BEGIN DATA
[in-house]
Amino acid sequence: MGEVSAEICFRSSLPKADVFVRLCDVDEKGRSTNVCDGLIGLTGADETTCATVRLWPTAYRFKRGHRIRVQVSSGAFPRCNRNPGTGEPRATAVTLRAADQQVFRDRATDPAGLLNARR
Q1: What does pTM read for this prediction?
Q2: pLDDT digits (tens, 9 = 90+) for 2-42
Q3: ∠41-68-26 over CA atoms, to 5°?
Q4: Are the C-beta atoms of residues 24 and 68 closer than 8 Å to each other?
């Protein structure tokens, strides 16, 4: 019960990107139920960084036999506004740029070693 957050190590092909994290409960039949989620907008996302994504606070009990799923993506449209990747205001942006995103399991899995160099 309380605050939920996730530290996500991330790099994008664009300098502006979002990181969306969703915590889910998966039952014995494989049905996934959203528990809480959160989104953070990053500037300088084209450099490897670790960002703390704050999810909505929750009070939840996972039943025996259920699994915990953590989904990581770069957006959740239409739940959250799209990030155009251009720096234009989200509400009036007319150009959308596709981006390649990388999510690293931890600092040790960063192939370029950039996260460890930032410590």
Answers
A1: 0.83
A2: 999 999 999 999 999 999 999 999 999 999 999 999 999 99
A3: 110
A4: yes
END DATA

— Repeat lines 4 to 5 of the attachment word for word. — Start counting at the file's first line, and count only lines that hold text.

Q2: pLDDT digits (tens, 9 = 90+) for 2-42
Q3: ∠41-68-26 over CA atoms, to 5°?